Ford Authority

Midsize Ram Pickup, Purported Ford Ranger Rival, Cancelled At Stellantis

As you hopefully know by now, Ford Authority obsessively covers The Blue Oval. But on occasion, we learn exclusive information about FoMoCo’s competitors, which is the case today. With that in mind, the midsize Ram pickup has been cancelled by cross-town Ford rival, Chrysler FCA Stellantis, Ford Authority has learned from sources familiar with the company’s product plans.

Still in its earliest stages of development, initial rumblings suggested the midsize truck to be a Dakota revival, though it’s unclear if that would have been the go-to-market name for the vehicle. Stellantis is in the midst of getting its global operations in order, so the move isn’t terribly surprising, especially when the Jeep Gladiator is taken into consideration. The truck would have been a direct competitor to the Ford Ranger.

Ten years ago, the Detroit Three each sold at least one midsize pickup truck each, but rising gas prices prompted Ford and Chrysler to abandon the segment in favor of more fuel efficient vehicles. Now that fuel costs have dropped considerably, the pendulum has swung back the other way, though that doesn’t necessarily mean that automakers can go full tilt in expanding their truck portfolios. A midsize Ram pickup would have carried a development bill of at least several hundred million dollars, which is money that could be spent on electrification, an area where Stellantis is sorely lacking when it comes to product.

Ironically, the strongest case against a midsize Ram pickup was likely the Jeep Gladiator. While sources didn’t cite any explicit reason for the truck’s cancellation, it is likely that the company felt content enough with its current offering in the segment. With a starting price of $33,565 before destination, there is still room for something to slot underneath it, at least in terms of price. However, the company may have felt that the truck would not have distinguished itself enough from its corporate sibling, especially since it was slated to use the Gladiator’s underpinnings.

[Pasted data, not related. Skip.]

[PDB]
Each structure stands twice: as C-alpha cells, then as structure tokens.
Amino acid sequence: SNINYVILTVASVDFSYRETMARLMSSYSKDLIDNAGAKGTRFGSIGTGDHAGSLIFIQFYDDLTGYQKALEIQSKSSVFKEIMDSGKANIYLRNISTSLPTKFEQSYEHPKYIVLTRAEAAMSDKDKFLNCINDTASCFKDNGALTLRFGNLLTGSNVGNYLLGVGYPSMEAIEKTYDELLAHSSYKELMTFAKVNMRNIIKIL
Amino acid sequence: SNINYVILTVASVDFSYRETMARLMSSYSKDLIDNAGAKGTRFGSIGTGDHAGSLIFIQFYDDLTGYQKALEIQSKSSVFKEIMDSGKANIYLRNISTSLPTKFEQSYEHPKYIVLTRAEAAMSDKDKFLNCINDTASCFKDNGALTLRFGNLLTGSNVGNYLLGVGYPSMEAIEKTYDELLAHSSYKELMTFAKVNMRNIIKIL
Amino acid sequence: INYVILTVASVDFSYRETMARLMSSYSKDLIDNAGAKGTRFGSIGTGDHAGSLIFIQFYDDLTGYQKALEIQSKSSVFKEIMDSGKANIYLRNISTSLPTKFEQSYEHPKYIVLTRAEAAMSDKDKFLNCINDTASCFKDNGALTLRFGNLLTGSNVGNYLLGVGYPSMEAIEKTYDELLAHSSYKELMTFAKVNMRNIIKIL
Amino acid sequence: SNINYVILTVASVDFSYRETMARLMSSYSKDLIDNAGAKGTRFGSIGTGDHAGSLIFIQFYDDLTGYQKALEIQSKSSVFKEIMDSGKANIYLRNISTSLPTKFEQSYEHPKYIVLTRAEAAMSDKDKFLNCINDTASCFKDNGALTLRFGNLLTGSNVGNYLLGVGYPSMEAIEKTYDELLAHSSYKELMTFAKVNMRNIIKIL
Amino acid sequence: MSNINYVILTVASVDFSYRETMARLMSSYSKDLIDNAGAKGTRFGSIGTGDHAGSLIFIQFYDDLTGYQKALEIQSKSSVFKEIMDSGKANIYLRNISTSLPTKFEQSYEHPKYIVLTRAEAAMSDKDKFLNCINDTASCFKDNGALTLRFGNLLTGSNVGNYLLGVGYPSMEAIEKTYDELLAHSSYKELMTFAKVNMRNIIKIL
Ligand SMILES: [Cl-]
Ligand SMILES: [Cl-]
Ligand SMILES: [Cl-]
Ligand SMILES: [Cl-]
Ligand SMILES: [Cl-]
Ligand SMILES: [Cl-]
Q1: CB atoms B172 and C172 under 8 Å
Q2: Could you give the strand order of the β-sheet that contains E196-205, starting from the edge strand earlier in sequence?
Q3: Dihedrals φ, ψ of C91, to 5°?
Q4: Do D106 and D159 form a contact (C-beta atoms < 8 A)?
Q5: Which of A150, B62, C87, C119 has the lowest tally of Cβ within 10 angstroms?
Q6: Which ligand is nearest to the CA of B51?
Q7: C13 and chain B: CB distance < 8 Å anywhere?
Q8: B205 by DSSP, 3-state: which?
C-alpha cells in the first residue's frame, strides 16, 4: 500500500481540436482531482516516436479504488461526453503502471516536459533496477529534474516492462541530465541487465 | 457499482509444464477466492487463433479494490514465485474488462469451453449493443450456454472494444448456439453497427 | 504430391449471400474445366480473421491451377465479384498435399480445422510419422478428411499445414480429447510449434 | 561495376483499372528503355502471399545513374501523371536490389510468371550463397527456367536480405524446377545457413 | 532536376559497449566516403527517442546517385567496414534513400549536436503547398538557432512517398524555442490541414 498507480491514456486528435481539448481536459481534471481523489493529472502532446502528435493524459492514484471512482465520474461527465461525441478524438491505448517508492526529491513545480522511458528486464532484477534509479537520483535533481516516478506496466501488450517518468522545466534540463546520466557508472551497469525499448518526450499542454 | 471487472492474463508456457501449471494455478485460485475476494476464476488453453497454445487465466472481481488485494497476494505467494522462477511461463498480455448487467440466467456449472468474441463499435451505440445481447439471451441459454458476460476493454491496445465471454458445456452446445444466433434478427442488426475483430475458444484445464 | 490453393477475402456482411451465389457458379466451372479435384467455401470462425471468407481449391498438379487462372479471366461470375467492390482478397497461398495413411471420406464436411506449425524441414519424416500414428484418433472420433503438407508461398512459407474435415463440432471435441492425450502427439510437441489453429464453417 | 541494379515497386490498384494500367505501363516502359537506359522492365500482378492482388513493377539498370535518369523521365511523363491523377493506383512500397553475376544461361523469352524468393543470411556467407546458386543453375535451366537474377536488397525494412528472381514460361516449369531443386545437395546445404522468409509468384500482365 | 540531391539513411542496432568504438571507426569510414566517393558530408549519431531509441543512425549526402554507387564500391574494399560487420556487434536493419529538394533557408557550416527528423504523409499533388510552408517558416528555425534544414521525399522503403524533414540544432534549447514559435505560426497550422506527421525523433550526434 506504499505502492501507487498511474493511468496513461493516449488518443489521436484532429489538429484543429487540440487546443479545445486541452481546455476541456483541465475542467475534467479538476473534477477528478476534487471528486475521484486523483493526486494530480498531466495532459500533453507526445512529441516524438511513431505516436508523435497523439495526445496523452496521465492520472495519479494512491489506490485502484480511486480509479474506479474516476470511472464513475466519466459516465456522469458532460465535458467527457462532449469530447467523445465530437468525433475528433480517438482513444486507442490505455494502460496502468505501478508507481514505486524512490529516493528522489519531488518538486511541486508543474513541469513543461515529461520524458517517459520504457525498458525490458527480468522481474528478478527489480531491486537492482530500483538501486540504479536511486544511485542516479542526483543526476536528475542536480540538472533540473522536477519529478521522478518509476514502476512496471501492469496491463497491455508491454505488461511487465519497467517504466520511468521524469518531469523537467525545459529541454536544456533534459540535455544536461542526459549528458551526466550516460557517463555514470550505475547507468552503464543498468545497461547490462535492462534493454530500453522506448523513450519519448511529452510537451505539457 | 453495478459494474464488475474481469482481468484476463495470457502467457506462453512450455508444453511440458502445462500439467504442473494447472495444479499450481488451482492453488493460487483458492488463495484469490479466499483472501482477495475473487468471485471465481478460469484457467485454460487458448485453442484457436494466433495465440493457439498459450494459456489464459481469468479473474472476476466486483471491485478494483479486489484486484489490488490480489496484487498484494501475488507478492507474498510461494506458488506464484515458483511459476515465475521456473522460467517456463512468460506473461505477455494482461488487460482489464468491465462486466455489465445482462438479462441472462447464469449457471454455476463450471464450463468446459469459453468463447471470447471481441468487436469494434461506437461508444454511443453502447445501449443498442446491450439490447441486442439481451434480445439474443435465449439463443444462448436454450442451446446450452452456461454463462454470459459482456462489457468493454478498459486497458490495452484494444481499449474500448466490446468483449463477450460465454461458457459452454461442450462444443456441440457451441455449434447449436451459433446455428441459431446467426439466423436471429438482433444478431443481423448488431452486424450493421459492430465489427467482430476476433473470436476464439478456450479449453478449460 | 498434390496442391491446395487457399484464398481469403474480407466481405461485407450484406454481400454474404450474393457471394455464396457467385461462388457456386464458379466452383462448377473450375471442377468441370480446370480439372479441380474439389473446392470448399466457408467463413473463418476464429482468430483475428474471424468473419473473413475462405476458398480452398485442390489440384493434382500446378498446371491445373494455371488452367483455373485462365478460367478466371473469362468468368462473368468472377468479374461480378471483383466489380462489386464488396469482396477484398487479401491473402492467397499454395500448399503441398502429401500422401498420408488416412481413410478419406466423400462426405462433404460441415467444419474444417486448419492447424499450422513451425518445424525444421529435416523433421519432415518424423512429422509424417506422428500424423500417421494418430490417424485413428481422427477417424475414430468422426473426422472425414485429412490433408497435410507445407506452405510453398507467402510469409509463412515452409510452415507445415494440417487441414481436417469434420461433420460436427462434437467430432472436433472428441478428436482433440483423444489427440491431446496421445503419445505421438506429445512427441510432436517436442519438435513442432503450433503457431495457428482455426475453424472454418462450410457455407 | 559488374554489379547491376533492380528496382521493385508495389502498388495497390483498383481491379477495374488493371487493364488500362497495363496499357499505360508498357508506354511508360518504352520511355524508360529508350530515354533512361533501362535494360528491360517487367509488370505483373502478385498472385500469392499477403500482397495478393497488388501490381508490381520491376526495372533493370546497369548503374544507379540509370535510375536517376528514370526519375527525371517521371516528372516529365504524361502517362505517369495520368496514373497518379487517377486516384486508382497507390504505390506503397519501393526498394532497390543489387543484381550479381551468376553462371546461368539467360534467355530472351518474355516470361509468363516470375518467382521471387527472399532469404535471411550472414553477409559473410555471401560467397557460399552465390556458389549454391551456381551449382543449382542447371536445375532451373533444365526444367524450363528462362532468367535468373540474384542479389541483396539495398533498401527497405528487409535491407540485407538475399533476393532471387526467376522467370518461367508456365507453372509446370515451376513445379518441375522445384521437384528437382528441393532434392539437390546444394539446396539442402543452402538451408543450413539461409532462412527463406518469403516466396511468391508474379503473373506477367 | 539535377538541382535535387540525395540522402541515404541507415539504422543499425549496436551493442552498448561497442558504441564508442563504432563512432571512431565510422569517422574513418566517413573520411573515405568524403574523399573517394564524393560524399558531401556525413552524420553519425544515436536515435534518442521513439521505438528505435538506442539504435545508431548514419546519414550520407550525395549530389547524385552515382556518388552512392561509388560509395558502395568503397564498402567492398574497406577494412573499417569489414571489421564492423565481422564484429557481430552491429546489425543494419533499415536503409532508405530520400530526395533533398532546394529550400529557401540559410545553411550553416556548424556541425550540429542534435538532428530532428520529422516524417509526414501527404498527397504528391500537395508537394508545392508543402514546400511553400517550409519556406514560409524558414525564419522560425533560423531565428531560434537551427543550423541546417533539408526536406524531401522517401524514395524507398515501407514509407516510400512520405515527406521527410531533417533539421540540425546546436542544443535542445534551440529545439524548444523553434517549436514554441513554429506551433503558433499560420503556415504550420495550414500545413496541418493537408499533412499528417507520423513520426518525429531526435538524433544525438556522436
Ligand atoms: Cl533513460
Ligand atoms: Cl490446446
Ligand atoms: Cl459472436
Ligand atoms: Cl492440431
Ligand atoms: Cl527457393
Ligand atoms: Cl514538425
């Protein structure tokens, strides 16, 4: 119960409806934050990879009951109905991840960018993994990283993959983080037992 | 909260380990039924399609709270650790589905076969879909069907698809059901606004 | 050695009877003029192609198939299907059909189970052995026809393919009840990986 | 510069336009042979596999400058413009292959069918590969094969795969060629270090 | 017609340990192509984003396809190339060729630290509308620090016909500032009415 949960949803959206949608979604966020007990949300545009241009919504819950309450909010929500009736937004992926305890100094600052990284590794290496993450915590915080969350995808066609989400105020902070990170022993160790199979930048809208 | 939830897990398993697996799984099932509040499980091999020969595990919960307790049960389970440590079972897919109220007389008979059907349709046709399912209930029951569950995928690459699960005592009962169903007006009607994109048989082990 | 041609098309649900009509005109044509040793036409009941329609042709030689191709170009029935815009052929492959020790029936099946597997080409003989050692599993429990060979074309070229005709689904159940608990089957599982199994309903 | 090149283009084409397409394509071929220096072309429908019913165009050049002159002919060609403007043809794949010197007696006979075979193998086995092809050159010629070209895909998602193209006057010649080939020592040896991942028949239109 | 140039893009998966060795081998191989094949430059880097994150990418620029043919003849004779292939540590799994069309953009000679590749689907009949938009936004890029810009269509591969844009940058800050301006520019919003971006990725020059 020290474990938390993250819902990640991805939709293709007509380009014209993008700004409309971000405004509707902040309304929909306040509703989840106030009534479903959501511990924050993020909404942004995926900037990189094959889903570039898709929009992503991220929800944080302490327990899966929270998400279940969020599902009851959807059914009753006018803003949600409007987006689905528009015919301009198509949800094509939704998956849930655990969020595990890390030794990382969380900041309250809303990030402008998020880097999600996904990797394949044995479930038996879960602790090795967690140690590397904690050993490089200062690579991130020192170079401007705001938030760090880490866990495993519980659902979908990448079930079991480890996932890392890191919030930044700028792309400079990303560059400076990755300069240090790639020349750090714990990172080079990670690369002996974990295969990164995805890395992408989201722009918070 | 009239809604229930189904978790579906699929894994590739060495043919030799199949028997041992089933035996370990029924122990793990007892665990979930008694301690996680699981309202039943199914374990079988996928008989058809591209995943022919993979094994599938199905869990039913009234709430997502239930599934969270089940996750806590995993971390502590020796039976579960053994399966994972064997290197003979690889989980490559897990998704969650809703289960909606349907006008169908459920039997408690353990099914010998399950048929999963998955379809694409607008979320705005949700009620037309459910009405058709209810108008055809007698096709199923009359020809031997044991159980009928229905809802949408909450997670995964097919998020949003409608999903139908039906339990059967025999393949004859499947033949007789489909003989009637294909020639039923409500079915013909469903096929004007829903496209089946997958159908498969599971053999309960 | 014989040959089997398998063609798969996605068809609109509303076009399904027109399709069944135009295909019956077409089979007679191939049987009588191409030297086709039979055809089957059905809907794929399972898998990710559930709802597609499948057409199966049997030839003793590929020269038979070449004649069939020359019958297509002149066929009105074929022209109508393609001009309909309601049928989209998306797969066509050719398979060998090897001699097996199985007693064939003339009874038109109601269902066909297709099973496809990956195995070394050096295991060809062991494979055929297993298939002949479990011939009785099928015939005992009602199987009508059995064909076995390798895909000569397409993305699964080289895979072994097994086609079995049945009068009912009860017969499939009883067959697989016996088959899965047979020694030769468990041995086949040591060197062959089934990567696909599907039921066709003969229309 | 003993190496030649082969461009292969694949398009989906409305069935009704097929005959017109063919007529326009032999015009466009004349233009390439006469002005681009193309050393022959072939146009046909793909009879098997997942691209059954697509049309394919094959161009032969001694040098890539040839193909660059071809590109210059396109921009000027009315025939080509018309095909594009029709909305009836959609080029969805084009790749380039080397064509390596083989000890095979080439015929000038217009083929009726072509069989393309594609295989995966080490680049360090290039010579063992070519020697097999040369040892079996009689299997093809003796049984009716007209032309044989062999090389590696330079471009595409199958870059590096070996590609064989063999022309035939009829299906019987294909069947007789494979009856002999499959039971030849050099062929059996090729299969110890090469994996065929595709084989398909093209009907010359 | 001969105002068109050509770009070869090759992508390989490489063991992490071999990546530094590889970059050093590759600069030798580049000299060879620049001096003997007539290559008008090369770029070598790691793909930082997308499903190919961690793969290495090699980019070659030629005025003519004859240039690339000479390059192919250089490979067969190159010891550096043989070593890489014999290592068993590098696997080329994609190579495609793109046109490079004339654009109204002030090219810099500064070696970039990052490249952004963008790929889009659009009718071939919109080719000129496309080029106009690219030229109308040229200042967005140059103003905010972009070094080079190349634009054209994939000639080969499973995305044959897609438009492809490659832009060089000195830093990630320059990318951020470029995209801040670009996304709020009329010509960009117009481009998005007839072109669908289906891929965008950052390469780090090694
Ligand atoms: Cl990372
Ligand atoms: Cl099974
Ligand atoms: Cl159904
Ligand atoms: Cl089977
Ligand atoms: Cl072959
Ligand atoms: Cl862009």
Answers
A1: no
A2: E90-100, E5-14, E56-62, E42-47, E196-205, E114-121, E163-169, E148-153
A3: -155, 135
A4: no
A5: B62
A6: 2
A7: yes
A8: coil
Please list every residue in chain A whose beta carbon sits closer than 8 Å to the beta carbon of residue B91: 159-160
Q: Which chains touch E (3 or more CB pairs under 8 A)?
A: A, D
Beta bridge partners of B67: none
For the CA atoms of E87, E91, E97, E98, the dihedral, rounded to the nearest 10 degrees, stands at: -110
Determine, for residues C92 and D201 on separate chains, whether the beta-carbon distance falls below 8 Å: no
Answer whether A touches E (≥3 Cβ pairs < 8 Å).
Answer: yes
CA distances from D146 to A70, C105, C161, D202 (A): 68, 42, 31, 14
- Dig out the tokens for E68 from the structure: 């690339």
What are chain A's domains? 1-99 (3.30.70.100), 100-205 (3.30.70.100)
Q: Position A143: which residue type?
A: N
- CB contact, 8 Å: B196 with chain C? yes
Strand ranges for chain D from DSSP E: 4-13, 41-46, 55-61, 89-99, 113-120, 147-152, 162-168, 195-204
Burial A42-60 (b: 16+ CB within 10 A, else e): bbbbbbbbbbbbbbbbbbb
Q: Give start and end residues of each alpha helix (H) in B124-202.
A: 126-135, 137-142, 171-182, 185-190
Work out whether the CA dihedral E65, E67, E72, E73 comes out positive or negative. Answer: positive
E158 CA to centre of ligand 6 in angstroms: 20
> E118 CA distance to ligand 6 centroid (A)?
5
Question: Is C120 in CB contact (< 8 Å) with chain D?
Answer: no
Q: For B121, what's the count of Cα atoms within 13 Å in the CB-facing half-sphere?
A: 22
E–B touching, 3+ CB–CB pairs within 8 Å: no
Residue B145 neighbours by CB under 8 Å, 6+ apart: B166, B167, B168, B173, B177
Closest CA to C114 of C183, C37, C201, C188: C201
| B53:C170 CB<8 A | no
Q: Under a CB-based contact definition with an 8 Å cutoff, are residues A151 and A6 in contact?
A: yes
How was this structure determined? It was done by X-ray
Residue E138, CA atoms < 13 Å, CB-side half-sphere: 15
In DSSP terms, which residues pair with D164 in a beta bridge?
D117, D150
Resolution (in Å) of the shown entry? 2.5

Sales Numbers - Midsize Pickups - 2020 - United States

TOYOTA TACOMA -4.02% 238,806 248,801 41% 41%
FORD RANGER +13.30% 101,486 89,571 18% 15%
CHEVROLET COLORADO -21.31% 96,238 122,304 17% 20%
JEEP GLADIATOR +93.63% 77,542 40,047 13% 7%
NISSAN FRONTIER -49.09% 36,845 72,369 6% 12%
GMC CANYON -23.26% 25,190 32,825 4% 5%
TOTAL -4.92% 576,107 605,917

Additionally, a quick glance at the performance of the midsize pickup segment in 2020 illustrates a further argument against an additional entry. The Jeep Gladiator made great strides in the segment throughout 2020, accounting for 13 percent of the segment despite carrying a higher starting price than all of its rivals. As such, there really isn’t a pressing need for Stellantis to introduce another pickup into the mix if it’s already seeing solid levels of success in a segment that shrunk by five percent during a period that saw heavy demand for larger trucks like the Ford F-150 and Ram 1500.